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    1. There is nothing wrong with her. She needs to accept that. Not having a relationship by 20 really isn't as unique as people think. Making a big deal about it is like trying to talk a girl into orgasming. It just makes them overthink everything.

    2. She needs to make friends with guys. I was freaked out by guys until I made a best friend in high school who was male. He was a local INTJ I met online. Nothing ever happened between us but I got over the "fear of guys"

    3. I used to have trouble making friends because I had too high of expectations. I see the negative in people so I avoided a lot of people as friend material. She needs to move past that and realize that she has flaws and so do other people (including males.) I still have to remind myself that people are allowed to be "unperfect" and still be my friends.

  7. #47
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    Quote Originally Posted by Amargith View Post
    And that, right there, is why I unceremoniously tell my INTJ to bugger off when I'm working through something. With his help, it would be so much faster, that is, if he were to have the ability to actually understand what I need as a student. As it is, he has no respect for the fact that I am not in his league, and so, he gets booted off the island. What you perceive as inaction, is actually my preparation of the work ahead. The getting up the nerve, as well as the being informed enough to actually not run scared when I hit a snag, once I put it all into action. But I've yet to find an NTJ that can a) see that and b) respect that, let alone teach it. So yes, I'll stick with my books over NTJs, anyday. Loveable as they are. At least books get me *somewhere*, and I can usually (with a lot of lost time) figure out where to go from there.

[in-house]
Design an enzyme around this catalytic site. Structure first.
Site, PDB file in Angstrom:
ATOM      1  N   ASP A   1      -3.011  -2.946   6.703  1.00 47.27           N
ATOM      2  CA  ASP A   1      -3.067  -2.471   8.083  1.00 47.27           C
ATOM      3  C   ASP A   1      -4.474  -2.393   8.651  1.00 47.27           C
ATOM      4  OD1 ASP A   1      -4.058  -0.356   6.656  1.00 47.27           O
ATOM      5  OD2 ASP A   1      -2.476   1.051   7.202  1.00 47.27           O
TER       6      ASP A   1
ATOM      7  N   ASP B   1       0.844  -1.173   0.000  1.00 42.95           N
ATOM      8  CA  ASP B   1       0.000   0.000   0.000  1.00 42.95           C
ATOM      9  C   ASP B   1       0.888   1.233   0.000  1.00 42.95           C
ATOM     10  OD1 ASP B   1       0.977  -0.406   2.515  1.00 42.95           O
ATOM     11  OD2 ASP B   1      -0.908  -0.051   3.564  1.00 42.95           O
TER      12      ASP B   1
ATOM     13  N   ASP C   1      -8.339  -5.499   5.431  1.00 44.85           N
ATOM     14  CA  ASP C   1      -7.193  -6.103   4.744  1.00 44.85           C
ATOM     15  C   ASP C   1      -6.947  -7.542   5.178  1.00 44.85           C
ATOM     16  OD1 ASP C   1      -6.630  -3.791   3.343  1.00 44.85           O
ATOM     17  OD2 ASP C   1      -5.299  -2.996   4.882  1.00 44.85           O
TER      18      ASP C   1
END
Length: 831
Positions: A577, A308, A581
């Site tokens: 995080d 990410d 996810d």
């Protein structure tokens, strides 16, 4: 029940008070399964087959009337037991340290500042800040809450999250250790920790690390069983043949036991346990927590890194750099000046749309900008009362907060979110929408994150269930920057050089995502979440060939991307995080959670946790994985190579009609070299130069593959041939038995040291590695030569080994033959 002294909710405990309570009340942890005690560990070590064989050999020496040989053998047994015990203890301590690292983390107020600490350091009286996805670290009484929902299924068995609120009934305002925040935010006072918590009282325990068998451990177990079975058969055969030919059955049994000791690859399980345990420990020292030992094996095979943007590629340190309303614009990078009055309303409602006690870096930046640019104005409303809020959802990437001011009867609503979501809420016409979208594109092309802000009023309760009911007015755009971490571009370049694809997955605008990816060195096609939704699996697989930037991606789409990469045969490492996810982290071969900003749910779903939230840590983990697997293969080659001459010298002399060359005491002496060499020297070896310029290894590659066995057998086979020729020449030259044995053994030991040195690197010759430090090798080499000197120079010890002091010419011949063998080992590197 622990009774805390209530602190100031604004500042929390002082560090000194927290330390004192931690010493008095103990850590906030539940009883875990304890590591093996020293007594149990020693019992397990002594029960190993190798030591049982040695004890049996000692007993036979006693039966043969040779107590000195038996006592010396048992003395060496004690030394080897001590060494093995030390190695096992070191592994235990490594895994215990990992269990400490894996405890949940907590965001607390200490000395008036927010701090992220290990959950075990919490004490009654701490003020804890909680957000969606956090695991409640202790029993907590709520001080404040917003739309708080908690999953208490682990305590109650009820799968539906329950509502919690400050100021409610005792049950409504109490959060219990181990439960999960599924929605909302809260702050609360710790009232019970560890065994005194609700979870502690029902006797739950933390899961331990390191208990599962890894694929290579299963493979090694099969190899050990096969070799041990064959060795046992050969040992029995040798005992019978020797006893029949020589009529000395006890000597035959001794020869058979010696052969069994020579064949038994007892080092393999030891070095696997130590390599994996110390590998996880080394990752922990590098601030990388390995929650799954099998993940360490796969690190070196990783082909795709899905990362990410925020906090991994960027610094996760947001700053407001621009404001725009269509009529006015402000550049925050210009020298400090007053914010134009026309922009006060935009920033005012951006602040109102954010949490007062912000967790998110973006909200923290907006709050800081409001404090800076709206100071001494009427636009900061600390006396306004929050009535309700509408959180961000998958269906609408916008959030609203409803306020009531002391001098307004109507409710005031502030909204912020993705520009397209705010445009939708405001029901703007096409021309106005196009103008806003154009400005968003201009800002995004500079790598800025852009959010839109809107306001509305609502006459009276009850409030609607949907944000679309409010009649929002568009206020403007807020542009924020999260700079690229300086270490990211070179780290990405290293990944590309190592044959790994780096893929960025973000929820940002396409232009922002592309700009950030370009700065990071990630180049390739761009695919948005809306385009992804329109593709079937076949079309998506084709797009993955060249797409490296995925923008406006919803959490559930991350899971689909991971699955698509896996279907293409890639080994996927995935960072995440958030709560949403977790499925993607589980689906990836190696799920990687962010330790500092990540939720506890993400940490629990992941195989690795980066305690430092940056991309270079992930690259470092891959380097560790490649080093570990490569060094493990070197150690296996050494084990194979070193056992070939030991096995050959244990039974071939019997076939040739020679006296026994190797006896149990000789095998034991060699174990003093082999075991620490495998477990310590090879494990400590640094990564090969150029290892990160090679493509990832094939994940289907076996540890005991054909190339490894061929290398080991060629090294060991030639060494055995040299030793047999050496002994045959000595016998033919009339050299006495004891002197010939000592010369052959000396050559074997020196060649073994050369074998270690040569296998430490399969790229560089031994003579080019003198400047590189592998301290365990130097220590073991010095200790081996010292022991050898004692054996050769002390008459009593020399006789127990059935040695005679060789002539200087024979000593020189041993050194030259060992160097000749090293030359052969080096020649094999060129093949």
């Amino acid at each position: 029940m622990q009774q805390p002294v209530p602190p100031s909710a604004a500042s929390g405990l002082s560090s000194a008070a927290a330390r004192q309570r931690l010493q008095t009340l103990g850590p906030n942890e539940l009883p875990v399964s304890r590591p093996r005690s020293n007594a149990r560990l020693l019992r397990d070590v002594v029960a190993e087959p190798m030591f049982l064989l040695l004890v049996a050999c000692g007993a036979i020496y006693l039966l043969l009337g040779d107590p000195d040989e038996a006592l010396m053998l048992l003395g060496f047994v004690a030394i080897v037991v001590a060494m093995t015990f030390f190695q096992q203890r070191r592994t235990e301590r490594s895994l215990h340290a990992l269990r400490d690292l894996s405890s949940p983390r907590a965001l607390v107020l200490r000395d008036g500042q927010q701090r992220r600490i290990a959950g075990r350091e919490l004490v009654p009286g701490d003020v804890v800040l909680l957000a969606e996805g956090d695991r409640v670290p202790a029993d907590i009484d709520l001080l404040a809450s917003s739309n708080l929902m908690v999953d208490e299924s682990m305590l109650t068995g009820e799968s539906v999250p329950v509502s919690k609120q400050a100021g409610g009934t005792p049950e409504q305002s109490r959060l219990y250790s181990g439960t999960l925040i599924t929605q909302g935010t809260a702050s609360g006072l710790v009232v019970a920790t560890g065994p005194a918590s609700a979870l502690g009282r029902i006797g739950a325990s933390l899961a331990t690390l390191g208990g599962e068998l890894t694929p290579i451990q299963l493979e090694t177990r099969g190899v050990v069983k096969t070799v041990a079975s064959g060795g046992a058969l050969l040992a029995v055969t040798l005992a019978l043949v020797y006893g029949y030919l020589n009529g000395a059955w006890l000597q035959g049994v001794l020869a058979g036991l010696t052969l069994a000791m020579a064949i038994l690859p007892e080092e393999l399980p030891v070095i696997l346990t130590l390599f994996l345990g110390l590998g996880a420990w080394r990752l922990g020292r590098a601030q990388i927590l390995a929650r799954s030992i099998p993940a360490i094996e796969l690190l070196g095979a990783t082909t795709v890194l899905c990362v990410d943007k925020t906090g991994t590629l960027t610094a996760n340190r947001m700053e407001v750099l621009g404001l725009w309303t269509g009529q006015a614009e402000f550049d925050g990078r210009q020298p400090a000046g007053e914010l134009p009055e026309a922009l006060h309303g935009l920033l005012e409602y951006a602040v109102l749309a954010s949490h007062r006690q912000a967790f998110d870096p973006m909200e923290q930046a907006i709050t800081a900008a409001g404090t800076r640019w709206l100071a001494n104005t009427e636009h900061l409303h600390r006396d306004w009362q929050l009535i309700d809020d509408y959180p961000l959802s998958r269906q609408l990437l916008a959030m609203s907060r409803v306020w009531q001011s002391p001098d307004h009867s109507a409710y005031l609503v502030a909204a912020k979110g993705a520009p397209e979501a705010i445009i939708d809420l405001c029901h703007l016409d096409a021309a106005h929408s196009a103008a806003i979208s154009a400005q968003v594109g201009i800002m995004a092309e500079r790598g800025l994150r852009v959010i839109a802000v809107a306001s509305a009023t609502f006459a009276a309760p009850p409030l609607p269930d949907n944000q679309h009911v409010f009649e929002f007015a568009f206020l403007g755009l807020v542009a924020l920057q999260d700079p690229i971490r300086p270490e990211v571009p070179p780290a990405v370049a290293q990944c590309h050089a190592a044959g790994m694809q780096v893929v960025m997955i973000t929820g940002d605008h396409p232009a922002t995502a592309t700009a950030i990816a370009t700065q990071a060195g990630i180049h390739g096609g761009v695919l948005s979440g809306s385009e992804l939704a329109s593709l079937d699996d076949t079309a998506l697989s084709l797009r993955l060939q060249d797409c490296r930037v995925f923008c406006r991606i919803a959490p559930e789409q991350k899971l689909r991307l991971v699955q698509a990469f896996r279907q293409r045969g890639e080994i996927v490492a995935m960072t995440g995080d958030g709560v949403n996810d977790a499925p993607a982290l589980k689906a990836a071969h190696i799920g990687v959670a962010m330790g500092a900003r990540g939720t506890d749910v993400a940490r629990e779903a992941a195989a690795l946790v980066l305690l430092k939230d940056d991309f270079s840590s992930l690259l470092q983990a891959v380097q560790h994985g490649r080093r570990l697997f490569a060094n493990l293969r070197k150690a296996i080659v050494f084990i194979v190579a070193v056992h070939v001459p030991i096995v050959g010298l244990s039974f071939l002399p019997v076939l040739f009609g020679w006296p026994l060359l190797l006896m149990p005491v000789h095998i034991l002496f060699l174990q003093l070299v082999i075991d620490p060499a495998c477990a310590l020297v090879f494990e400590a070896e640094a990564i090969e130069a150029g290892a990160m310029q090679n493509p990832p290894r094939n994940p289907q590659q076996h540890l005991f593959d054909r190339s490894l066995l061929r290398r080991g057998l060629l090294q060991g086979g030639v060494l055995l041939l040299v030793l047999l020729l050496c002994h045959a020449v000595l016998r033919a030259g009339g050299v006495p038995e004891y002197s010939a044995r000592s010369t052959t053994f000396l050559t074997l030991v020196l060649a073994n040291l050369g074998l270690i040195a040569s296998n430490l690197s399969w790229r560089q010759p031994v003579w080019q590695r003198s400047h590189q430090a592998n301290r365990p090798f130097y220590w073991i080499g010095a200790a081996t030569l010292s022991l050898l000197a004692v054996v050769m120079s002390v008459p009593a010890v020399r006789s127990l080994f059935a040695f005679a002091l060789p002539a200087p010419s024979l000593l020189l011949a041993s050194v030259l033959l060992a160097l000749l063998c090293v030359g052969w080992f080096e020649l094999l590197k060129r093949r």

Honestly, I think that's the best way.

    It is extremely frustrating to try and teach people something that seems so obvious.

    When they don't get it after you explain it, it feels like your entire life force just runs into a wall and is stuck.

    I've worked as a tutor, and I used to help my NF friends with math back in school, so I've developed a sort of patience for doing it, but, frankly, my natural energy feels so stifled by the block that it *really* takes a lot out of me to do it, and, frankly, I think there are more productive ways to live life for all parties involved than to subject themselves to this near-certain calamity.

    I don't think this is really on-topic, though, so we should probably leave this discussion for elsewhere.

  8. #48
    The High Priestess Amargith's Avatar
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    Quote Originally Posted by Zarathustra View Post


    Honestly, I think that's the best way.

    It is extremely frustrating to try and teach people something that seems so obvious.

    When they don't get it after you explain it, it feels like your entire life force just runs into a wall and is stuck.

    I've worked as a tutor, and I used to help my NF friends with math back in school, so I've developed a sort of patience for doing it, but, frankly, my natural energy feels so stifled by the block that it *really* takes a lot out of me to do it, and, frankly, I think there's more productive ways to live life for all parties involved than to subject themselves to this almost certain calamity.

    I don't think this is really on-topic, though, so we should probably leave this discussion for elsewhere.

    I was about to suggest the same thing, though I'm not sure if it will help @Wind-Up Rex perhaps prepare herself for doing the big sister thing and helping her sister face reality